scarica la  MIN in pdf     MIN524

Ancora una volta  siamo costretti ad arrancare dietro MCA amministrazione attentissima alle esigenze dei sui marittimi e ben conscia di quanto un registro navale valga per le casse dello stato.

Dopo anni che ripetiamo al MIT ed al Comando Generale delle CDP che  un marittimo , un ufficiale , un SEA FARER come e’ di moda chiamarli oggi , va’ dove trova il lavoro sia esso uno yacht privato, commerciale una barca da traffico o da pesca restano immutate nella nostra normativa nazionale una rigidissima divisione delle carriere.

Andare per mare e’ una professione antica , molto più’ antica di tutta la regolamentaizone e la normativa internazionale e nazionale.

Gli Inglesi hanno ben chiaro questo concetto infatti rendono  sempre più’ fruibile e meno ossessive le normative internazionale ,  di quanto non facciamo  in Italia da oltre venti anni,  con il risultato di mettere fuori mercato i marittimi italiani.

Qualcuno sospetta che a monte ci sia un dichiarato interesse ad eliminare la categoria per poter assumere marittimi extra EU, meno costi meno laccioli e formalità’. Io  non voglio credere che si sia scientemente negli anni voluto affondare  il reddito delle famiglie dei marittimi e l’ingente indotto che viene prodotto da questa professione.

MCA ha appena pubblicato una MIN 524 che accomuna il percorso ed i titoli degli ufficiali  di macchina a prescindere da dove esercitano .

Vi invito a leggere  con attenzione questo articolo   pubblicato da The Crew Report.

28 Jul 2016

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MCA issues new certification route for engineers
Bryony McCabe
The Maritime & Coastguard Agency (MCA) has issued a new Marine Information Note, MIN 524, detailing the requirements relating to the certification structure and examination and training requirements for engineer officers wanting to work on fishing vessels, yachts, tugs, workboats, standby, seismic survey, oceanographic research vessels and government patrol vessels.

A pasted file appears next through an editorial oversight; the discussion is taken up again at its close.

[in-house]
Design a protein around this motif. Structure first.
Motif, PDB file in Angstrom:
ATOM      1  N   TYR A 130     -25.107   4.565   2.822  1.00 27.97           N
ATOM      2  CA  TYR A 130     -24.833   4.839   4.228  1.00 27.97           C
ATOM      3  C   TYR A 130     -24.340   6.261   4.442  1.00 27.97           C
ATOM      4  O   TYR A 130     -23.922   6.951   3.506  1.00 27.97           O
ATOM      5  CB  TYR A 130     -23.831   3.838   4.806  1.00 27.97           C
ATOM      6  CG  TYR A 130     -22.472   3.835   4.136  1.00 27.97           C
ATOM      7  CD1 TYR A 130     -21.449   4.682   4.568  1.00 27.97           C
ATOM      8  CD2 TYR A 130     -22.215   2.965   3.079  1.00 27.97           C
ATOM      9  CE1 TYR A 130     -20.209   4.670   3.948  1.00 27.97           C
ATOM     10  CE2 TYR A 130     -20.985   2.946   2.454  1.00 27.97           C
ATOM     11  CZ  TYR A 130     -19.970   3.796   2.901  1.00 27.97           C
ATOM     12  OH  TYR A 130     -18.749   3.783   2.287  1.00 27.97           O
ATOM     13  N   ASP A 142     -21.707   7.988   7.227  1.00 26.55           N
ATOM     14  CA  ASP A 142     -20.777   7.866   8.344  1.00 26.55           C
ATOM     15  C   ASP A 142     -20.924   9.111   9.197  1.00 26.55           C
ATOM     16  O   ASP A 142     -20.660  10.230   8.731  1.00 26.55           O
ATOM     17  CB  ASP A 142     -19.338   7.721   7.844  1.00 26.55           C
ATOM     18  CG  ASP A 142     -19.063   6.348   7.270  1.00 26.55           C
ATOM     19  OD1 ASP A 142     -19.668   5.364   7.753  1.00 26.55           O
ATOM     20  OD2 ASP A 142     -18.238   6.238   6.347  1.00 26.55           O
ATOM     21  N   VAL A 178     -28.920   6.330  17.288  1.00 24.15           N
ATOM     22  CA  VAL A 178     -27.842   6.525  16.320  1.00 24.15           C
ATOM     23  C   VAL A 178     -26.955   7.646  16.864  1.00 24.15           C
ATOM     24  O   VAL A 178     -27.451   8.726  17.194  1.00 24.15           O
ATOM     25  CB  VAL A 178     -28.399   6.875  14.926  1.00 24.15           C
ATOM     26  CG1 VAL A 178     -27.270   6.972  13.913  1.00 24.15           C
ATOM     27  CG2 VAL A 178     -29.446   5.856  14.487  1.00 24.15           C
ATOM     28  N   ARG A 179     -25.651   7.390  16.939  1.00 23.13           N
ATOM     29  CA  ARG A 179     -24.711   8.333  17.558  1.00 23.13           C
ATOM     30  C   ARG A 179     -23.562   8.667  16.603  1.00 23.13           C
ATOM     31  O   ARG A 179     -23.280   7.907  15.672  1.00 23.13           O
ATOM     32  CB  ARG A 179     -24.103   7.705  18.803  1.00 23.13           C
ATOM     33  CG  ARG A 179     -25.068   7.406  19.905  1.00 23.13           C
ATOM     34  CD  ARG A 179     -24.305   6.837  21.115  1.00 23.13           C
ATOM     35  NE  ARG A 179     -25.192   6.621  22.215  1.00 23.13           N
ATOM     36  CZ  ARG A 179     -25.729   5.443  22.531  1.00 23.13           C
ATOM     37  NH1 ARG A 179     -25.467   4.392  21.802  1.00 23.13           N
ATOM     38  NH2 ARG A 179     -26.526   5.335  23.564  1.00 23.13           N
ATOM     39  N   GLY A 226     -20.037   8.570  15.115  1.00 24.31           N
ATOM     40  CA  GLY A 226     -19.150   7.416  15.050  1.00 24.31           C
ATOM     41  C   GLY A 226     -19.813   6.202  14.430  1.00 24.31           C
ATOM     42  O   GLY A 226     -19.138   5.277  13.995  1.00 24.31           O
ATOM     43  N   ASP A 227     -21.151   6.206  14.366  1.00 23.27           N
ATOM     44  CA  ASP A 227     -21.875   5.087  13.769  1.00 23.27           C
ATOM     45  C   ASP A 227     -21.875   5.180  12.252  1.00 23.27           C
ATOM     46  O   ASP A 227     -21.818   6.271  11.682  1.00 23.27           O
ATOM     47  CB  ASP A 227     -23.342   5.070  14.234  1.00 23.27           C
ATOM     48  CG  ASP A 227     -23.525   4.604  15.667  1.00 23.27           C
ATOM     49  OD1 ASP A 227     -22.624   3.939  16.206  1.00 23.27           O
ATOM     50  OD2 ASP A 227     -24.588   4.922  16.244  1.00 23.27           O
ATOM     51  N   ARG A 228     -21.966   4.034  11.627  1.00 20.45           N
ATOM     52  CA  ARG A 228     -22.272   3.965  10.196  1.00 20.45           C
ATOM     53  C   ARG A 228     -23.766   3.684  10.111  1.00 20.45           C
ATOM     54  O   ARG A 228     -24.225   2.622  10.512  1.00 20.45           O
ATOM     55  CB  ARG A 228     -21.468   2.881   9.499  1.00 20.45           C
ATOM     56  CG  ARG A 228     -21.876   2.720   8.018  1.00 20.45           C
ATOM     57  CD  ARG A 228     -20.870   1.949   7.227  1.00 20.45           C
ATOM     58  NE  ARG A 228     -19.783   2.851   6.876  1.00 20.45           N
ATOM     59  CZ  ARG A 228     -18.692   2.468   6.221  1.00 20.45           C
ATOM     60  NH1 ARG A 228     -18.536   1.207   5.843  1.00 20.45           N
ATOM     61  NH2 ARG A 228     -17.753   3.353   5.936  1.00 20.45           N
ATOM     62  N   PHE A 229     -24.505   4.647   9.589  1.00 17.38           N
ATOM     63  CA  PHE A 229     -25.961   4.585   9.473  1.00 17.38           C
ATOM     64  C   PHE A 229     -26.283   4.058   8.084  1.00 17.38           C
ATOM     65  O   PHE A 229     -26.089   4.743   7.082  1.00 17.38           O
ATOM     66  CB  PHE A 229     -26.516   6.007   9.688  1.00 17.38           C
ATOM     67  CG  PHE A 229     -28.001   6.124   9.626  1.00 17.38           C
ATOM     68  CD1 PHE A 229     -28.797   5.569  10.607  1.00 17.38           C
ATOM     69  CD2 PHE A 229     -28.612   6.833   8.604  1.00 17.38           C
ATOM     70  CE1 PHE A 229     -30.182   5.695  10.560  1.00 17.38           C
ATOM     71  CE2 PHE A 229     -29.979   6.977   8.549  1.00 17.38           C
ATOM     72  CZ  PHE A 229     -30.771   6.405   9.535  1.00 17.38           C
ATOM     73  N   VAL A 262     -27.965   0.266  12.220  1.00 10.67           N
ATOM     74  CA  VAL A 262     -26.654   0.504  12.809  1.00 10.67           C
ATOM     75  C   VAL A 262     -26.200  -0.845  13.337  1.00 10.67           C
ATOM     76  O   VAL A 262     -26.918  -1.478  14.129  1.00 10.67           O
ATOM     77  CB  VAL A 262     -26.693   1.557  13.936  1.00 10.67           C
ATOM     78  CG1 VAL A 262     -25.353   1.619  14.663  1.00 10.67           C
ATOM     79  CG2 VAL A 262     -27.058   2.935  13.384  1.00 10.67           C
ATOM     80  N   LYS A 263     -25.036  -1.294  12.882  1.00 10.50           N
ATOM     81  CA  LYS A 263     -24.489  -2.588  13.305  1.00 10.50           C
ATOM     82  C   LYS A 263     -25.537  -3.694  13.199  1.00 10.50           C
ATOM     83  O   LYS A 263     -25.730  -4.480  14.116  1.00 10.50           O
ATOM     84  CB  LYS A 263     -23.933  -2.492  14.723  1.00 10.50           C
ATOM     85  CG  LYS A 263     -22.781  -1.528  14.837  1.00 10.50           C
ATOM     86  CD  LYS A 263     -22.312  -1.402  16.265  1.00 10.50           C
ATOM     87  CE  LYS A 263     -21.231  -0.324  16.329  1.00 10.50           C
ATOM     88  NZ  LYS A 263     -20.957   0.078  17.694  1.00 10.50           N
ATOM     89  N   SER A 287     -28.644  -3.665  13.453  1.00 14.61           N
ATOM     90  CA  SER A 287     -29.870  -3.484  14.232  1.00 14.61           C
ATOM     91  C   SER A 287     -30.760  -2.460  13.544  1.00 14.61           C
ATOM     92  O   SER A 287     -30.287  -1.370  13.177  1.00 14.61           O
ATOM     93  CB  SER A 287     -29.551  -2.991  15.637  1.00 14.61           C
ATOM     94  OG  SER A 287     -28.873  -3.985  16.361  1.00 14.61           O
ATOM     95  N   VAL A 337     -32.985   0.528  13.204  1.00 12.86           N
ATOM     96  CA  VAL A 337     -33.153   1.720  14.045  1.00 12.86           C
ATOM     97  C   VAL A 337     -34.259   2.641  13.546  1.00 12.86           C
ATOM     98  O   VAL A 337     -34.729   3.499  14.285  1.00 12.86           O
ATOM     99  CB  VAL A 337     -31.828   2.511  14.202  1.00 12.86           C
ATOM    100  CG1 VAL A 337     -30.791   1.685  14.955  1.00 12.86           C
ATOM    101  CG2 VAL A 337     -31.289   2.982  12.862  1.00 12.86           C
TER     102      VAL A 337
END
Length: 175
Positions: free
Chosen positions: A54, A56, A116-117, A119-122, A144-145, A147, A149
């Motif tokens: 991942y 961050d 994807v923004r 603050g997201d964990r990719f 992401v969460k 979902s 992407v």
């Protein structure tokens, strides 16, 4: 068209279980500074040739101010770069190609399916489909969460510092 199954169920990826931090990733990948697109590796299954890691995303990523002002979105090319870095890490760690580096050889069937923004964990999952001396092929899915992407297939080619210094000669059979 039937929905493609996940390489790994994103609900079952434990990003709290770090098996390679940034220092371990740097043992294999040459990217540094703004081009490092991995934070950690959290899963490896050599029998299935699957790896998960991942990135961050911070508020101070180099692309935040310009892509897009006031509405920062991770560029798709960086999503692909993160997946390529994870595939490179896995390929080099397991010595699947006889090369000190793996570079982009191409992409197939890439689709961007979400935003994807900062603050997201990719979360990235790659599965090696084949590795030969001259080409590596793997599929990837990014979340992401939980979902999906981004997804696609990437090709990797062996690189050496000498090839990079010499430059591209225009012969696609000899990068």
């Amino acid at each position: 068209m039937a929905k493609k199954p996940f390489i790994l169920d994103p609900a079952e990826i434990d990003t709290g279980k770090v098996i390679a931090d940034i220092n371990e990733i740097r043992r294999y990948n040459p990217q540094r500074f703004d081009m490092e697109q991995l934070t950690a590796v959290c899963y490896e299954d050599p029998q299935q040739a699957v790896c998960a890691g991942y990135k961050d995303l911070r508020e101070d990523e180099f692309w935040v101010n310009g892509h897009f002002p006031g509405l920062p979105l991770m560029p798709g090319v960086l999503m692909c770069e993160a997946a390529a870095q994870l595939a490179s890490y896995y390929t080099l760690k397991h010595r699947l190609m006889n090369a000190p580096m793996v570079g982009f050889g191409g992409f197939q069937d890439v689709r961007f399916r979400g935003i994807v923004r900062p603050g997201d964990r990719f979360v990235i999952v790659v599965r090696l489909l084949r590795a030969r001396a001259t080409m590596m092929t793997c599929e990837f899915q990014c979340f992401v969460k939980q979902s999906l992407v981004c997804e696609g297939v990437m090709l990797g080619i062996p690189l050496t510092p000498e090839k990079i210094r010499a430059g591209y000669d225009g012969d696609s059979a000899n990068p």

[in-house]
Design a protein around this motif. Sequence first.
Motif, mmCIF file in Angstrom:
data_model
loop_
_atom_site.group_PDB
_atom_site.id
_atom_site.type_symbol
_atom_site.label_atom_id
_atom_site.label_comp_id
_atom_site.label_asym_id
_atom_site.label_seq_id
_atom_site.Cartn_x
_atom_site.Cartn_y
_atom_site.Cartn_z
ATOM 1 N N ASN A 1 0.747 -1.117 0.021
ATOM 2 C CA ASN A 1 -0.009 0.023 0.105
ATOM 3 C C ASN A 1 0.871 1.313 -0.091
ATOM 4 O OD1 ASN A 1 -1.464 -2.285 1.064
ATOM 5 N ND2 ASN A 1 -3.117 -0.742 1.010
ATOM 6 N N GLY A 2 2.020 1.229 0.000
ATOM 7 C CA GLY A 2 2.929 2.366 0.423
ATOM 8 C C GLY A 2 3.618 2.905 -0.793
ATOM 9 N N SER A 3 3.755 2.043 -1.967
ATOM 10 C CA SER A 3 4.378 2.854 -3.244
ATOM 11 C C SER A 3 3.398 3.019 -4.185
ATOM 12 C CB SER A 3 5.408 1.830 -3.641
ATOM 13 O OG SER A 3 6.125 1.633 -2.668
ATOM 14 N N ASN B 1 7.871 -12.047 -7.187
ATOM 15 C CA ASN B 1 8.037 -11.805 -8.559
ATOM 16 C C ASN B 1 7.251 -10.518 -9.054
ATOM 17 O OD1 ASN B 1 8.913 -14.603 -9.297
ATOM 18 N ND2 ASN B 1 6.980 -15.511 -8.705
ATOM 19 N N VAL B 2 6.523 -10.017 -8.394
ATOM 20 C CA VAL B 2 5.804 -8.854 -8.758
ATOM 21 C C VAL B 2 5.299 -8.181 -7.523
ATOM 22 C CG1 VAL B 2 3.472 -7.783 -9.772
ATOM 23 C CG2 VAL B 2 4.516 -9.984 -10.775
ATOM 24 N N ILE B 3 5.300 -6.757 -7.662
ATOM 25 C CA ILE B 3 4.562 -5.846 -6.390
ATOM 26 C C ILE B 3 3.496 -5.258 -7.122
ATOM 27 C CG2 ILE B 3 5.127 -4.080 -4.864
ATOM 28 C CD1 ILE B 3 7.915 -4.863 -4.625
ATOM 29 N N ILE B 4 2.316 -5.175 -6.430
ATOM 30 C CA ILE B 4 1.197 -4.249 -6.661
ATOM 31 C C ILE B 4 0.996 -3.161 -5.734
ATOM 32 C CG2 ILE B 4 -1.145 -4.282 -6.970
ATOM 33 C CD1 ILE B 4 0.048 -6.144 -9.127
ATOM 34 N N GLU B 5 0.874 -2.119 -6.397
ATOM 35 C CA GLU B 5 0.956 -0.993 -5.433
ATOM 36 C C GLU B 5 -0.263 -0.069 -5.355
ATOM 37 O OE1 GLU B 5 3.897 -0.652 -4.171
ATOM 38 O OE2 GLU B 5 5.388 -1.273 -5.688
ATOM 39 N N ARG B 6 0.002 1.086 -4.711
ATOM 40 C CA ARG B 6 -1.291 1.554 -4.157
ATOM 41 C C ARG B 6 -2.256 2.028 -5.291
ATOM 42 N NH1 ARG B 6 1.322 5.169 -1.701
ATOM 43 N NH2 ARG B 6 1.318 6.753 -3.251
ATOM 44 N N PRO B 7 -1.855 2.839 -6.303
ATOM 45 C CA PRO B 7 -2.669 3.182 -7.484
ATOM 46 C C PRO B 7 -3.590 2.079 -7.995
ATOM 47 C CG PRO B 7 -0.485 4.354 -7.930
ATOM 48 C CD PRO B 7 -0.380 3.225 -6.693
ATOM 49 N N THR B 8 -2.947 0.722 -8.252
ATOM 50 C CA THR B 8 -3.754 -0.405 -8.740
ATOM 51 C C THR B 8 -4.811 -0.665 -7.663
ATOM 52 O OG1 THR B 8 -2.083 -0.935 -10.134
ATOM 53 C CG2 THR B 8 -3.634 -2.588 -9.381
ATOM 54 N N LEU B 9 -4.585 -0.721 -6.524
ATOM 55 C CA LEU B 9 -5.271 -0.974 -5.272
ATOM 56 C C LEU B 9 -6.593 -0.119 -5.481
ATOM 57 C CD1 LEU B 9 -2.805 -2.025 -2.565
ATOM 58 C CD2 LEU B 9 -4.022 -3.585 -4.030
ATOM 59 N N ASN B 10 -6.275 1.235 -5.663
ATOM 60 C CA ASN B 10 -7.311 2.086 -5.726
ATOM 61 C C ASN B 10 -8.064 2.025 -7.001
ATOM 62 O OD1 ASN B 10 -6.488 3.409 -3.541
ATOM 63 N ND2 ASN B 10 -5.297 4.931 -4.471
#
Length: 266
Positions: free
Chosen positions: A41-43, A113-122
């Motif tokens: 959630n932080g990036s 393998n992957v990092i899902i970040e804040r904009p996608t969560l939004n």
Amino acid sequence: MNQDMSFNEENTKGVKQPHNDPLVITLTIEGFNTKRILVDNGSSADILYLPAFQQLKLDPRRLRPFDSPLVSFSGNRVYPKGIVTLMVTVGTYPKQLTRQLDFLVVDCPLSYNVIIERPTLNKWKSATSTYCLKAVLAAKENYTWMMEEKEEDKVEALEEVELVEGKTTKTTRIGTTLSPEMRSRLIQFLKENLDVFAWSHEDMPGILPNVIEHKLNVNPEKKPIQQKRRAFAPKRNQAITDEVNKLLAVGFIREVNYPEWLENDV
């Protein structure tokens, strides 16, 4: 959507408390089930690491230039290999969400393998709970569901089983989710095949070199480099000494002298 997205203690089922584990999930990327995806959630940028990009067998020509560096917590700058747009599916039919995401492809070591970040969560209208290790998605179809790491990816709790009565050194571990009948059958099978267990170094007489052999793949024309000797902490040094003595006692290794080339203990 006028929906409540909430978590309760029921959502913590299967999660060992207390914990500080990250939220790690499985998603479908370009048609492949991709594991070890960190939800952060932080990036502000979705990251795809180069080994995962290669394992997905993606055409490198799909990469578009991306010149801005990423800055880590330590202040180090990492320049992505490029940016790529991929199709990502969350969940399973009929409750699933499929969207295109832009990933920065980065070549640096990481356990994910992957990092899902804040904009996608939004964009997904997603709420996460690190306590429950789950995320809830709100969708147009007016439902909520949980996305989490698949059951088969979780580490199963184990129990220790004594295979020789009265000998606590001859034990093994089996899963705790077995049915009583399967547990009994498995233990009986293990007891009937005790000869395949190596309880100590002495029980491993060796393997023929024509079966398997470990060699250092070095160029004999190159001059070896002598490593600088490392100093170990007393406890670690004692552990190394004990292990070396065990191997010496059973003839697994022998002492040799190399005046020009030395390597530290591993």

With discussions dating back to early 2014, representatives of the fishing, tug, workboat and yachting industries have been working together to create an engineering structure that will work across the whole small boat industry (under 3,000gt).

The news comes following efforts from the PYA’s engineering workgroup and Institution of Engineering and Technology to work towards a restructuring of engineering training and certification across the marine industry, with particular focus on educating engineers rather than teaching them how to pass exams – a common criticism of the current Y4 to Y1 route.

The change to the syllabi and exams aims to make them relevant and interchangeable across the sectors, so that engineers can get a better education that leads to transferability and recognition throughout different sectors, as well as a more structured training and certification system.

“The previous certification route was type-specific instead of looking at tonnage,” explains Edward Tuite, technical executive at the British Marine Federation.

“The jobs market can go up and down in certain sectors and this will allow a ‘freedom of movement’.”

“The overall idea of the new system is to allow engineers to jump from one side of the marine industry to another. The jobs market can go up and down in certain sectors and this will allow a ‘freedom of movement’.”

While there is likely to be an uncertain transitionary period as training providers decide on how best to implement the new system, the modernisation of the engineering training structure will hopefully create incentive and make engineering a more attractive career path. It may also play a positive role in attracting new blood to the superyacht sector and help with the shortage of engineers that this industry cites so often.

Look out for a more detailed look at how the new structure compares to the current yacht route on The Crew Report. In the meantime, the full MIN can be read here.

Profile links

British Marine Federation

MCA – Maritime and Coastguard Agency / Ensign